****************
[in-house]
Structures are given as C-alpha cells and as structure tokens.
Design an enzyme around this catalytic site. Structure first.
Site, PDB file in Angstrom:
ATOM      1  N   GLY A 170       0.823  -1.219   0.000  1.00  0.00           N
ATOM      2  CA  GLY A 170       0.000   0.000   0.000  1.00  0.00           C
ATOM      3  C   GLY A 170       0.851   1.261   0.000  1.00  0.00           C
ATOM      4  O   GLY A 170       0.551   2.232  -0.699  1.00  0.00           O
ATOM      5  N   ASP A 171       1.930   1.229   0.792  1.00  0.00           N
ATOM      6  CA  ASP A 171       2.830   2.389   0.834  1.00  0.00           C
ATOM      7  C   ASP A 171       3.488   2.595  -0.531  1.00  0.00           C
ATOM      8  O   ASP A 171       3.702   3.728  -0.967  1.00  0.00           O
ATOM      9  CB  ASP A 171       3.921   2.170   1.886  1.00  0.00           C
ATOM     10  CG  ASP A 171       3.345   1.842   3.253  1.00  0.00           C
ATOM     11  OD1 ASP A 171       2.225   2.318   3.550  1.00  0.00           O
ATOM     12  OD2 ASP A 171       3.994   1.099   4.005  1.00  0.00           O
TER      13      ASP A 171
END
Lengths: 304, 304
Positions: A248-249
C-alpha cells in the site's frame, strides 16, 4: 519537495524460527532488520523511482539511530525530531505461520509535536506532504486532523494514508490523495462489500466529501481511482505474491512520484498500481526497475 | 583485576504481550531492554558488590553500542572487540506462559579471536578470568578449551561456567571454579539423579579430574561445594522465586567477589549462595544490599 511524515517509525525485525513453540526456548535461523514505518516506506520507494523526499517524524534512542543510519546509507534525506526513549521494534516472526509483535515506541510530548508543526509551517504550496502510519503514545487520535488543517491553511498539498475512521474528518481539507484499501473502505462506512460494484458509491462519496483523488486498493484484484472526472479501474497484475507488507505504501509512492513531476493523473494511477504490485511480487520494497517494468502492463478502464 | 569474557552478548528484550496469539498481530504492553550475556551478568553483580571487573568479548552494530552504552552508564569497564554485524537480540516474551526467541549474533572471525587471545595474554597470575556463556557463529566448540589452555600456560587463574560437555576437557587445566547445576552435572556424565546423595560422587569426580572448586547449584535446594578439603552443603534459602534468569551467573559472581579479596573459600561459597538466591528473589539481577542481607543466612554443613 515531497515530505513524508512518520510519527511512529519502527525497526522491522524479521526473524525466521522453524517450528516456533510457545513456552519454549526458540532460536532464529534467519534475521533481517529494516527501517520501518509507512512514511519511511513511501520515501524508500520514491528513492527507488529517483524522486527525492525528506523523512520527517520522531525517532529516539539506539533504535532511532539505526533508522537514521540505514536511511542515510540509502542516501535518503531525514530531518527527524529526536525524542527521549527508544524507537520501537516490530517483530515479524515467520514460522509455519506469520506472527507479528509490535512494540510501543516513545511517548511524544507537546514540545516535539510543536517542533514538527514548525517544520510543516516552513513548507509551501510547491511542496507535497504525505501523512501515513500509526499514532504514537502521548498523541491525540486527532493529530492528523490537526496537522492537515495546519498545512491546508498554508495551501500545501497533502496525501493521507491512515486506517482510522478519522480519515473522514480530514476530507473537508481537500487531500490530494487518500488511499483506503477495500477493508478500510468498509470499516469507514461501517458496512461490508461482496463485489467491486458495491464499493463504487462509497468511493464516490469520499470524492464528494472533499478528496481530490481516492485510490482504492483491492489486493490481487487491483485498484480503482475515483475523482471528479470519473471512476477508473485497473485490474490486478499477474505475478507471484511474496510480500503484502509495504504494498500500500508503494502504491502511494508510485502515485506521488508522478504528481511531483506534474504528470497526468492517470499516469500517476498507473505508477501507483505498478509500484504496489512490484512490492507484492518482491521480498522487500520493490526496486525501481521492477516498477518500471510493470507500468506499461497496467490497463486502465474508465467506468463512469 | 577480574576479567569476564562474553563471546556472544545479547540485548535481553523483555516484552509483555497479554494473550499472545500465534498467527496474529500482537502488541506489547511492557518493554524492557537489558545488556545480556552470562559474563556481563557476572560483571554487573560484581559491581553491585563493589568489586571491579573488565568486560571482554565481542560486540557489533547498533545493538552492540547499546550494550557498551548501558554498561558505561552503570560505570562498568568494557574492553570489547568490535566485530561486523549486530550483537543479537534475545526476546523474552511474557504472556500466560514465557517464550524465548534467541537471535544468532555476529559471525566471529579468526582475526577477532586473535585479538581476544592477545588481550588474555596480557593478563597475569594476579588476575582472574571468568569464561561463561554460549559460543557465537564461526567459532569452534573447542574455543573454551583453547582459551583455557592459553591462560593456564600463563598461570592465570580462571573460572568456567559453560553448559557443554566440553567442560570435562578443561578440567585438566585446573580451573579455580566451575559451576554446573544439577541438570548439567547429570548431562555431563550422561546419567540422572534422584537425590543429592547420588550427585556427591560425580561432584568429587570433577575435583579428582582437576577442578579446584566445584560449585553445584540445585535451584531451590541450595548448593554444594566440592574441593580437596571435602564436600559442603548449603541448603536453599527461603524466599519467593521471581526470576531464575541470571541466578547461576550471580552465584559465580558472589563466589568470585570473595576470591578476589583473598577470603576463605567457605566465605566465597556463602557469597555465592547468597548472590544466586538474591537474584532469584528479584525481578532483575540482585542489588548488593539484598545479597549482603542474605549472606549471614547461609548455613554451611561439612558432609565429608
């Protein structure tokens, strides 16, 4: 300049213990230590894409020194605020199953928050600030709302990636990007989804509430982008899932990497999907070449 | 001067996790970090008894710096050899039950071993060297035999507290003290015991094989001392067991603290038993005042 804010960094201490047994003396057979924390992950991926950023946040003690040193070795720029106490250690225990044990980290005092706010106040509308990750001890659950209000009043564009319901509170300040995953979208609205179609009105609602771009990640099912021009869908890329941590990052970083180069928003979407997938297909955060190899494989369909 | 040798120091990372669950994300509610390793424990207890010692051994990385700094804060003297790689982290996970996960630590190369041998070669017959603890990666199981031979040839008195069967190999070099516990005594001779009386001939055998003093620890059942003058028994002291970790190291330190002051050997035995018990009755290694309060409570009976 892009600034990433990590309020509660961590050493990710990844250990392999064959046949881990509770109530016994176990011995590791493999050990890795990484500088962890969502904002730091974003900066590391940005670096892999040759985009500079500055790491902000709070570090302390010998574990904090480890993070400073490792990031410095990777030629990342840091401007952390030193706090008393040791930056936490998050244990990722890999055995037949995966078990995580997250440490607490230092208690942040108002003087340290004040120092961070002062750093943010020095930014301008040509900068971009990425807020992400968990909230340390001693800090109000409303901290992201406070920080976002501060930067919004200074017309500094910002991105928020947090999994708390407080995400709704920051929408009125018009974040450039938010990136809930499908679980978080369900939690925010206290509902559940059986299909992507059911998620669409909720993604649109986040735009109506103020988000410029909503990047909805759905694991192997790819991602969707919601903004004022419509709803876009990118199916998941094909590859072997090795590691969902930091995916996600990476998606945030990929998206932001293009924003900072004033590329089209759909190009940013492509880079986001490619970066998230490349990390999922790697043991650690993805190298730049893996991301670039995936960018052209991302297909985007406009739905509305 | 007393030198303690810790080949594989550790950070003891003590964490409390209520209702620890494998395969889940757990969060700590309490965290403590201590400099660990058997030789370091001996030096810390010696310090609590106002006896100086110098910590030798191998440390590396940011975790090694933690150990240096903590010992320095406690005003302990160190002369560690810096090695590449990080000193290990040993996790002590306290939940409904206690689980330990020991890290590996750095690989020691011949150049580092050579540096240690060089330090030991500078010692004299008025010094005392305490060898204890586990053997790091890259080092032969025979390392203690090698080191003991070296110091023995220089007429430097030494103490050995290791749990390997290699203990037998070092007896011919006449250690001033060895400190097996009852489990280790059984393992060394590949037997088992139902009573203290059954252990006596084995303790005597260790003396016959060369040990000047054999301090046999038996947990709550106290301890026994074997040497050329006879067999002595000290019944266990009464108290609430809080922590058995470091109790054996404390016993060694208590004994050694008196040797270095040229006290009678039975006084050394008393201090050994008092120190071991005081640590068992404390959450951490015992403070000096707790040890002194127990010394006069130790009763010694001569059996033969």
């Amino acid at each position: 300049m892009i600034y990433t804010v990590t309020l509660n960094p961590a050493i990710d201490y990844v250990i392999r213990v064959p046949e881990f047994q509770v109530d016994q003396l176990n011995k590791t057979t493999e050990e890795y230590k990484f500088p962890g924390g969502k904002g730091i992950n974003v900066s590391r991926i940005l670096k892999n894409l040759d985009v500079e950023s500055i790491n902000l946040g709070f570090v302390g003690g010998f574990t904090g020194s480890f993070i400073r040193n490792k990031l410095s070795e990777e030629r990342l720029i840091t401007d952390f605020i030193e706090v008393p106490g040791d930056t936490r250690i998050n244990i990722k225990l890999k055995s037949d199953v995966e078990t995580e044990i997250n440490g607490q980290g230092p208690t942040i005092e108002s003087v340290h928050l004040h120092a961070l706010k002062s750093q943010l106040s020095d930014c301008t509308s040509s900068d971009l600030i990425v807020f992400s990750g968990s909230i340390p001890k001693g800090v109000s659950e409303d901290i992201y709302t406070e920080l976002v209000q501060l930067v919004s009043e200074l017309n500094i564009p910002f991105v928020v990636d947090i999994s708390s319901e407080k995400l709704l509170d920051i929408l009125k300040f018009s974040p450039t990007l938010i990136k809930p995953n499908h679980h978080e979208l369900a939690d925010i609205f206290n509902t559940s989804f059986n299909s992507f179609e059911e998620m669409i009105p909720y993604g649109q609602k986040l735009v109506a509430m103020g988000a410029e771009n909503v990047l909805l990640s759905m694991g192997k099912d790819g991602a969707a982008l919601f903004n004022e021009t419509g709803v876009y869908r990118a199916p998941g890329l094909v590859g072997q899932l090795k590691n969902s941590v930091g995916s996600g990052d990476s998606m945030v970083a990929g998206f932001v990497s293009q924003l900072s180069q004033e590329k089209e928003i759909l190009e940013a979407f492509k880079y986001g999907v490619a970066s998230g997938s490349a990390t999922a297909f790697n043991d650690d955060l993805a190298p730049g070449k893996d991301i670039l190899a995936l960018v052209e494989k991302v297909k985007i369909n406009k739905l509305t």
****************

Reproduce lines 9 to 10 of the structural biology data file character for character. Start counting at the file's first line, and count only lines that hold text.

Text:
ATOM      5  N   ASP A 171       1.930   1.229   0.792  1.00  0.00           N
ATOM      6  CA  ASP A 171       2.830   2.389   0.834  1.00  0.00           C